Methodology
Doctrinal method of research was used in this research paper as all the information mentioned in this is collected from various statutes, act and laws that were mentioned in the various books. Also comparative methodology is applied in order to compare the conditions in both the countries that are India and UK because it is also important to get aware of the culture of the countries if we are going to study about the laws of divorce.

Research Questions
  1. Is irretrievable breakdown of marriage a ground of divorce in India
  2. What is meant by an irretrievable breakdown of marriage in UK?
  3. How can article 142 of the Indian Constitution be applied in order to grant an irretrievable breakdown of marriage?
Research Objectives
  1. Can divorce be enforced in India on the grounds that the marriage is irretrievable
  2. To compare the culture of India and UK to understand the laws regarding divorce
  3. To study the conditions that must be fulfilled in order to grant a divorce in India and UK
  4. To understand the article 142 of the Indian constitution and its application in irretrievable breakdown through case laws.

Literature Review
Irretrievable Breakdown of Marriage: a Ground for Divorce by Kusum[8]:
This is a an article published in the journal that starts with talking about marriages in India stating that marriages are made in heaven but the modern day marriages are vulnerable and complex and discussed upon the judicial and legislative opinion of India with regard to the matrimonial laws.

The article talks about the days when under the Hindu law divorces were unknown and compares the situation with the modern day scenario and how the system seeks to grant divorce on the basis of irretrievable breakdown of marriage. Recommendations in the seventy first report prepared in April 1978 regarding the irretrievable breakdown have also been mentioned and in the later half the section 13 of the Hindu marriage act has been emphasised upon.

Irretrievable Breakdown of Marriage as an Additional Ground for Divorce by Jaya V.S[9]:
This journal article written by Jaya V.S. starts off by telling the readers how marriage is the core reason why civilization can exist and further on goes talking about the provisions of divorce under the section 13 of the Hindu marriage act and how the legislation has worked to make the provisions of divorce but still has not added any clause under section 13 that speaks of irretrievable breakdown of marriage.

The article talks about the importance of the institution of marriage and the consequences if the understanding is missing stating that such marriages need to be dissolved and has discussed some theories such as guilt theory and consent theory.

Adultery and Intolerability by M.D.A. Freeman:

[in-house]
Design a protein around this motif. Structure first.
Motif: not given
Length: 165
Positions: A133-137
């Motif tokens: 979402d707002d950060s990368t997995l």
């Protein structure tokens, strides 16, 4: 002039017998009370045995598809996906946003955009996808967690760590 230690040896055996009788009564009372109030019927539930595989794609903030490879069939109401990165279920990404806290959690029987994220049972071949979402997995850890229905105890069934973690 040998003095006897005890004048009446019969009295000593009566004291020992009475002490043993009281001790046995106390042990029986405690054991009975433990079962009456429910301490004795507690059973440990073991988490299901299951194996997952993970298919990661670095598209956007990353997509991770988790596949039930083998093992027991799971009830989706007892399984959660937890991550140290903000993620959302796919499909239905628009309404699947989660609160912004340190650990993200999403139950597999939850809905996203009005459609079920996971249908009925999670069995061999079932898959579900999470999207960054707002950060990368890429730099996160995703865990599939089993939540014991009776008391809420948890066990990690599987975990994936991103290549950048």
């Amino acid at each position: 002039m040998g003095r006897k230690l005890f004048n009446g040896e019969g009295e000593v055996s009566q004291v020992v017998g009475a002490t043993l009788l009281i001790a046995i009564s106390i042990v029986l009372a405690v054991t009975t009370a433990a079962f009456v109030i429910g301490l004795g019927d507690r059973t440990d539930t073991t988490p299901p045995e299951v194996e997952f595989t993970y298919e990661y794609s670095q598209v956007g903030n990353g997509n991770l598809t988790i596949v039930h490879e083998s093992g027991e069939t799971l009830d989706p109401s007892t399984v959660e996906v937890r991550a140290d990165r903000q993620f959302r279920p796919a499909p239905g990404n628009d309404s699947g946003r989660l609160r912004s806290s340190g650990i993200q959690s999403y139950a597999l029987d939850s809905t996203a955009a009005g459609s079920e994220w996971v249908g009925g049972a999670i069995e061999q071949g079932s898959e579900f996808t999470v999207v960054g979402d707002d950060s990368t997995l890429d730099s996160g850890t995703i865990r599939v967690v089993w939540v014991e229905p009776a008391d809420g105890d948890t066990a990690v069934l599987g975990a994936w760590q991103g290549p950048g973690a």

This article named Adultery and Intolerability in the journal The modern Law review talks about how adultery is responsible for making a marriage irretrievable because after the respondent has committed adultery, the respondent may find it hard to live with the respondent and has focussed on some case laws.[10]

Irretrievable breakdown of marriage by Vidisha:
This research paper talks about the history of Hindu law talking about the various cultural practices that were followed that before the year 1955 focusing upon the idea of matches made in heaven because of which it was believed that a married couple has to stay together forever and because of this the concept of divorce was not much known before the Hindu marriage act got amended in 1955.

The later half of the research paper talks about the various amendments that's have been introduces to the marriage and divorce laws also telling that the supreme court however grant a divorce declaring the marriage to be irretrievably broken down under article 142 of the Indian constitution in order to deliver justice.[11]

An Analysis of Irretrievable Breakdown of Marriage as a Ground for Divorce by Saema Jamil[12]:
This is a research paper that grounds for divorce and provides an analysis of the various laws related to marriage also giving examples by talking about their application by mentioning various case laws. The first half of the research paper talks about talks about the various laws and their application while the later half talks about the changes that can be brought in the Hindu marriage act.

Result And Discussion
  1. Irretrievable breakdown of marriage
    Irretrievable breakdown of marriage means a marriage that has broken down to a point that it is almost irreparable and no matter whatever steps are taken, even after counselling and guidance both the spouse cannot live together and continuing the marriage will only cause further damage to them and it is beneficial to grant divorce under such circumstances.
     
  2. Notions in Hinduism regarding marriage and divorce
    Hinduism is a religion in which it was believed that marriages are matches made in heaven and it was believed that the bond of a husband and wife is supposed to be permanent and eternal and because of this the concept of divorce was not really known in Hinduism because of which before the Hindu marriage act, there were no provisions for divorce.
     
  3. Provisions in the Hindu marriage act regarding divorce
    The Hindu marriage act 1955 allows the laws for divorce and that apply to Hindu, Buddhist, Jain and Sikhs. Under the section 13 of the act the grounds can be a voluntary sexual intercourse with someone else, cruelty, desertion for continuously more than 2 years, ceasing to be hindu by conversion and being incurable of unsound mind and other than this the section 13B provides for divorce by mutual consent however there are no provisions for irretrievable breakdown of marriage.
     
  4. Provisions for irretrievable breakdown of marriage in UK